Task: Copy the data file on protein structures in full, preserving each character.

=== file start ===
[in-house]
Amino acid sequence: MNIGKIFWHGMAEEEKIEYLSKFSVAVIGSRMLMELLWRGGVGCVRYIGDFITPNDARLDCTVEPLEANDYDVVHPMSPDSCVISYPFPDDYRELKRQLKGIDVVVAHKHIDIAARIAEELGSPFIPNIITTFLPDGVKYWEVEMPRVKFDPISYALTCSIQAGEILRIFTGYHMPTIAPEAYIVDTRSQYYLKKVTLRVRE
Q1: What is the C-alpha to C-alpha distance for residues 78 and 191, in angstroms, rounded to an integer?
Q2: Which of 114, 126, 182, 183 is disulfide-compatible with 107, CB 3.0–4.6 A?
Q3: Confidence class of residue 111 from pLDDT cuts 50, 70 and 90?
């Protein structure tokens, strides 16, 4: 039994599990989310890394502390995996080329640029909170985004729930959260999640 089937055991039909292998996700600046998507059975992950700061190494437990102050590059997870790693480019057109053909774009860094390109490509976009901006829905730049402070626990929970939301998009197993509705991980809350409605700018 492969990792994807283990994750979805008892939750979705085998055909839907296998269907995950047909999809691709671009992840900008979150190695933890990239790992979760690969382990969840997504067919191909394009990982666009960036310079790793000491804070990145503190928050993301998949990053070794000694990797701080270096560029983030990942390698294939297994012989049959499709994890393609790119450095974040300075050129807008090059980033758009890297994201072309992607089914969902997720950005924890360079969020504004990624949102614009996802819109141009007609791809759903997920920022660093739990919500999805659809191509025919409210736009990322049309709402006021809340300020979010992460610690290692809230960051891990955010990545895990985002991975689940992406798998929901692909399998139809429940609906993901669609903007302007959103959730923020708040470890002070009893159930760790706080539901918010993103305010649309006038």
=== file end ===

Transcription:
[in-house]
Amino acid sequence: MNIGKIFWHGMAEEEKIEYLSKFSVAVIGSRMLMELLWRGGVGCVRYIGDFITPNDARLDCTVEPLEANDYDVVHPMSPDSCVISYPFPDDYRELKRQLKGIDVVVAHKHIDIAARIAEELGSPFIPNIITTFLPDGVKYWEVEMPRVKFDPISYALTCSIQAGEILRIFTGYHMPTIAPEAYIVDTRSQYYLKKVTLRVRE
Q1: What is the C-alpha to C-alpha distance for residues 78 and 191, in angstroms, rounded to an integer?
Q2: Which of 114, 126, 182, 183 is disulfide-compatible with 107, CB 3.0–4.6 A?
Q3: Confidence class of residue 111 from pLDDT cuts 50, 70 and 90?
């Protein structure tokens, strides 16, 4: 039994599990989310890394502390995996080329640029909170985004729930959260999640 089937055991039909292998996700600046998507059975992950700061190494437990102050590059997870790693480019057109053909774009860094390109490509976009901006829905730049402070626990929970939301998009197993509705991980809350409605700018 492969990792994807283990994750979805008892939750979705085998055909839907296998269907995950047909999809691709671009992840900008979150190695933890990239790992979760690969382990969840997504067919191909394009990982666009960036310079790793000491804070990145503190928050993301998949990053070794000694990797701080270096560029983030990942390698294939297994012989049959499709994890393609790119450095974040300075050129807008090059980033758009890297994201072309992607089914969902997720950005924890360079969020504004990624949102614009996802819109141009007609791809759903997920920022660093739990919500999805659809191509025919409210736009990322049309709402006021809340300020979010992460610690290692809230960051891990955010990545895990985002991975689940992406798998929901692909399998139809429940609906993901669609903007302007959103959730923020708040470890002070009893159930760790706080539901918010993103305010649309006038």